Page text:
dc.contributor.authorDovega, Rebecca
dc.date.accessioned2014-11-20T12:26:48Z
dc.date.available2014-11-20T12:26:48Z
dc.date.issued2014-11-20
dc.identifier.isbn978-91-7549-769-3en_US
dc.identifier.urihttp://hdl.handle.net/10616/42298
dc.description.abstractCancer is one of the most common causes of death in the western world. Cancer is an umbrella term for over 100 different diseases all caused by mutations in cells leading to uncontrolled cell division and metastasis. The control of the cell division is extremely important in order to maintain homeostasis and avoid development of cancer. The cells in the body have to communicate with each other to keep homeostasis. This can subsequently regulate the cell cycle that controls cell division. Many proteins are involved in the control mechanisms to pass the cell through the cycle where phosphorylation and dephosphorylation are important mechanism for regulation. The cell division is also controlled by tumor suppressors that sense, for example, DNA damage or cell stress, to ascertain reediness for cell division and to minimize the amount of mutations. Two important proteins in the cell signaling are Protein Phosphatase 2A that act as switch for the pocket proteins that control the cell cycle, and p53 which is labeled “the guardian of the genome”, both are tumor suppressor. Protein Phosphatase 2A (PP2A), is together with PP1 responsible for 90% of all dephosphorylation events in the cell. Apart from controlling the cell cycle PP2A is involved in many other pathways making it a very important protein in cell signaling. Understanding its structure and function is crucial for understanding how it works at the molecular level and how difference cancer mutations are affecting its mechanism of action. PP2A consists of three subunits, a scaffolding (A), a catalytic (C) and a regulatory (B) for substrate recognition. In this thesis the structure and biochemical function of one of the regulatory subunits, B’’/PR70, is presented, a subunit who’s structure was unknown before the start of the doctoral project. A high-resolution structure of the core revealed 8 EF-hands where two were binding calcium. A mapping of the A-B’’ interaction is also presented. p53 is a common tumor suppressor that is mutated in 50% of all cancer tumors. It is involved in key decisions for cell cycle progression and apoptosis and more detailed understanding of this protein could shed light on the role of different p53 mutations in cancer. P53 is acting as a transcription factor and has a DNA binding core domain that binds to a response element on the target gene. In this thesis, a novel method to study biochemical events in cells and cell extract is applied for the first time on p53, the Cellular Thermal Shift Assay (CETSA). It is shown that p53-DNA can indeed be studied using this strategy and that binding profiles to four different oligonucleotides representing target genes with response elements, give distinct profiles for each mutation. This suggest that the CETSA strategy allows for more detailed functional studies of p53 in cells and that oligonucleotide profiling might constitute a novel mean to profile cancer patient cells for differential p53 activity.en_US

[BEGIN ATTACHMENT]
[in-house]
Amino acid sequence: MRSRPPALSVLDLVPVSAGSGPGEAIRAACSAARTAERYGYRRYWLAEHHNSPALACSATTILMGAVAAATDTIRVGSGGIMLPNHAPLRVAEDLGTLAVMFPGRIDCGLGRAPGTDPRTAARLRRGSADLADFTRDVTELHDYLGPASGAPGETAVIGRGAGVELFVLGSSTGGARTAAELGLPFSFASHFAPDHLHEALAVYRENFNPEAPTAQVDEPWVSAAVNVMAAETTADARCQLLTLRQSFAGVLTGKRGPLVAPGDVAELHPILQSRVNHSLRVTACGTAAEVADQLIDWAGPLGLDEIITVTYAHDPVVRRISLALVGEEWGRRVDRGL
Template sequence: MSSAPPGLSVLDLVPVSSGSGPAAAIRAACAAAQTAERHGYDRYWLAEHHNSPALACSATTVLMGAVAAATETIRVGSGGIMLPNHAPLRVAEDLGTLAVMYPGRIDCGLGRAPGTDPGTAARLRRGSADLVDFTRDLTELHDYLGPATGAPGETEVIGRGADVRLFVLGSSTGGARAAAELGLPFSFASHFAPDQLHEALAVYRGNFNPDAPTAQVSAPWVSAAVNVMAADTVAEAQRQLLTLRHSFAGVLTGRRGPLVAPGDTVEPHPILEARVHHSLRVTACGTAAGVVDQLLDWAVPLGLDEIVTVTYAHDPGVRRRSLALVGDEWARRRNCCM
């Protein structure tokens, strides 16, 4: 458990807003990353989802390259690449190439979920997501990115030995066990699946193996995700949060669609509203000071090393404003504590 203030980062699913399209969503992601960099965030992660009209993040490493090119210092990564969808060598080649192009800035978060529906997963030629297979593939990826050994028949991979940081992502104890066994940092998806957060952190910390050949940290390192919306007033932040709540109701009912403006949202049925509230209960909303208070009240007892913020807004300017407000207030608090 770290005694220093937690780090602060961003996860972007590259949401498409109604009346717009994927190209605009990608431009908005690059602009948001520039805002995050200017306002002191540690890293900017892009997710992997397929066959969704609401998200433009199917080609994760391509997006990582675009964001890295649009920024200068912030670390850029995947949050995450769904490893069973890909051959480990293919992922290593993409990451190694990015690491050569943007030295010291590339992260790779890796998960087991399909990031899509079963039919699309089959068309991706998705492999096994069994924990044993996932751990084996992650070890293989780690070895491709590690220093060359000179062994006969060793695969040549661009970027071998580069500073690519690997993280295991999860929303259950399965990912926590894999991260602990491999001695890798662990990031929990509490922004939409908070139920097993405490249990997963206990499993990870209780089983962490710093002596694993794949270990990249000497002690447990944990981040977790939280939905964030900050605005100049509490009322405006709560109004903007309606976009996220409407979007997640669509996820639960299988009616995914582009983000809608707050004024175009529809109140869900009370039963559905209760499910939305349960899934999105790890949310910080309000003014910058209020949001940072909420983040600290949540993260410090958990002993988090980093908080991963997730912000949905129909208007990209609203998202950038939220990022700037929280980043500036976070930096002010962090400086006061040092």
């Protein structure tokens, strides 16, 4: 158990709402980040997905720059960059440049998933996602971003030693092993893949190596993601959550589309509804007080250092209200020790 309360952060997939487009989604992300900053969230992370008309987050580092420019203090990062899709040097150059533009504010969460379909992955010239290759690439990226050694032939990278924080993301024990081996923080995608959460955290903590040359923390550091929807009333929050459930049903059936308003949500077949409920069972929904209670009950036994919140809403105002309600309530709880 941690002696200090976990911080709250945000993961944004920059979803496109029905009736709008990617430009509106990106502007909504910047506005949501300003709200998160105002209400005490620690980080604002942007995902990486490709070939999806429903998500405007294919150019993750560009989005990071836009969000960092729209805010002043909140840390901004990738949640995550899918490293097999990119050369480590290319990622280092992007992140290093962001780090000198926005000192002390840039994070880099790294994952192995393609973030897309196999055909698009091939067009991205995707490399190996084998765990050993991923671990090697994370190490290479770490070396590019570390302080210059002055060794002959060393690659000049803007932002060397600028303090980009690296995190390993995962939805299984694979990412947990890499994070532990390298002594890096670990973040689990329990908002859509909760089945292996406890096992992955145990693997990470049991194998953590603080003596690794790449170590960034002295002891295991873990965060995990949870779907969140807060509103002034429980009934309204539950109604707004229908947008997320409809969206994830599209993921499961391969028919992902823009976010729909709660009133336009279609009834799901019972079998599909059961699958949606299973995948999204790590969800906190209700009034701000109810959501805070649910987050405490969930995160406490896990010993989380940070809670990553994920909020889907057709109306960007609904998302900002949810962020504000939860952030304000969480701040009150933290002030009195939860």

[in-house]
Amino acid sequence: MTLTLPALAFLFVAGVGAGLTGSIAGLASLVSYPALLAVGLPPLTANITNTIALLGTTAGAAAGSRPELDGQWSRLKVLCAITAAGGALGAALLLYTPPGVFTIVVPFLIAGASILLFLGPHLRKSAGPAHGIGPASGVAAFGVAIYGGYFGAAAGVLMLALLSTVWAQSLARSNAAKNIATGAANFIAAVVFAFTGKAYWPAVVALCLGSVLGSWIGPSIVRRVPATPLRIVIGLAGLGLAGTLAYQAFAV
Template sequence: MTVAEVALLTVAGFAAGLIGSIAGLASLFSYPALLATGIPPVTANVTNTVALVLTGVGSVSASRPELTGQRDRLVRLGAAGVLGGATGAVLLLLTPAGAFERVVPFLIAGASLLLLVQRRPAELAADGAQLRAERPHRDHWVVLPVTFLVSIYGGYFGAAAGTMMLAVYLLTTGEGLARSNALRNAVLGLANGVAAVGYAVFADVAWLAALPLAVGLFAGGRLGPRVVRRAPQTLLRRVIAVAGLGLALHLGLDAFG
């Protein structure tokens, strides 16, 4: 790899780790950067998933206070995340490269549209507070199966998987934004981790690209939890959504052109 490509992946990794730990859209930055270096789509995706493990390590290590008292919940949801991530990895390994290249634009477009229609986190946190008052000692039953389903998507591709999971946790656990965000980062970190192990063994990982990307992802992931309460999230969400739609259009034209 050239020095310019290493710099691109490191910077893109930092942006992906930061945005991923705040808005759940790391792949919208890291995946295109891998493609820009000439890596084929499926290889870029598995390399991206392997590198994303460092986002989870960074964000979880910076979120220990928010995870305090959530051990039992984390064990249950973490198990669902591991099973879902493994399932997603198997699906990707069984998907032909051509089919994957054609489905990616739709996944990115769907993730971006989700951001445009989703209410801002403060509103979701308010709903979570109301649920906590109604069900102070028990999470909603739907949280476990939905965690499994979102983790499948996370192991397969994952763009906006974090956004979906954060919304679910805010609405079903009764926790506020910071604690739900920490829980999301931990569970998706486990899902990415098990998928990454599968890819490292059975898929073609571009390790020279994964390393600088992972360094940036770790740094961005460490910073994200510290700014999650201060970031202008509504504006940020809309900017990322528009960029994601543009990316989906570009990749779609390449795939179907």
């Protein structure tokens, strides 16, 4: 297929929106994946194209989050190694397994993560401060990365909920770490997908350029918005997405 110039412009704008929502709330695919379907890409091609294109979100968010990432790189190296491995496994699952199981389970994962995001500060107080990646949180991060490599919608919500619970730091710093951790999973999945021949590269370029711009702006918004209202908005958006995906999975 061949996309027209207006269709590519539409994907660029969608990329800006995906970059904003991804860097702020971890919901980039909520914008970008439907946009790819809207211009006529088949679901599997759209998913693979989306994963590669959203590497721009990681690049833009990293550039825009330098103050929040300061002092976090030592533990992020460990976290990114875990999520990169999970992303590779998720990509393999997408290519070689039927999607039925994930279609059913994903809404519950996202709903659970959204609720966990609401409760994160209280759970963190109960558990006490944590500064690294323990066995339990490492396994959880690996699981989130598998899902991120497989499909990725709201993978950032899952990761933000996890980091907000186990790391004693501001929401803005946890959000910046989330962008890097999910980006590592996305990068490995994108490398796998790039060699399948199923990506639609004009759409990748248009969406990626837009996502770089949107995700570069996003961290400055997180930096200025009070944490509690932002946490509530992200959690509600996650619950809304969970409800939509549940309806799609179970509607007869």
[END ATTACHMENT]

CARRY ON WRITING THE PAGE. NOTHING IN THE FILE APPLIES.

dc.language.isoengen_US
dc.relation.haspartI. Rebecca Dovega, Susan Tsutakawa, Esben M. Quistgaard, Madhanagopal Anandapadamanaban, Christian Löw, Pär Nordlund. Structural and Biochemical Characterization of Human PR70 in Isolation and in Complex with the Scaffolding Subunit of Protein Phosphatase 2A. PLoS One (2014) Jul 9;9(7):e101846. ::doi::10.1371/journal.pone.0101846 ::pmid::25007185 ::isi::000339040600073en_US
dc.relation.haspartII. Savitski MM, Reinhard FB, Franken H, Werner T, Savitski MF, Eberhard D, Martinez Molina D, Jafari R, Dovega RB, Klaeger S, Kuster B, Nordlund P, Bantscheff M, Drewes G. Proteomics. Tracking cancer drugs in living cells by thermal profiling of the proteome. Science. 2014 Oct 3;346(6205):1255784. ::doi::10.1126/science.1255784 ::pmid::25278616 ::isi::000342446900047en_US
dc.relation.haspartIII. RebeccaDovega,RozbehJafari,DanielMartinezMolina,PärNordlund. Biochemical Profiling of DNA binding to wild-type and mutant tumor suppressor p53 with CETSA. [Manuscript]en_US
dc.rightsinfo:eu-repo/semantics/openAccess
dc.titleStructural and functional studies of proteins in cell signaling and canceren_US
dc.typeinfo:eu-repo/semantics/doctoralThesis
dc.type.publicationtypedoken_US
dc.publisher.departmentInst för medicinsk biokemi och biofysik / Dept of Medical Biochemistry and Biophysicsen_US
dc.ki.departmentcodeC2en_US
dc.date.awarded2014-12-11
dc.ki.defenceplaceSamuelssonsalen, MBB, Tomtebodavägen 6, Karolinska Institutet, Solna.en_US
dc.ki.defencetime13:00en_US
dc.ki.pubyear2014en_US
dc.ki.kiidrebbaken_US
dc.ki.originKarolinska Instituteten_US
dc.ki.genredissertation
dc.ki.emailrebecca.dovega@gmail.comen_US
dc.ki.phone0735460484en_US
dc.ki.printinghouseUniversitetsservice ABen_US
dc.ki.supervisorNordlund, Pär
dc.ki.supervisoremailpar.nordlund@ki.seen_US


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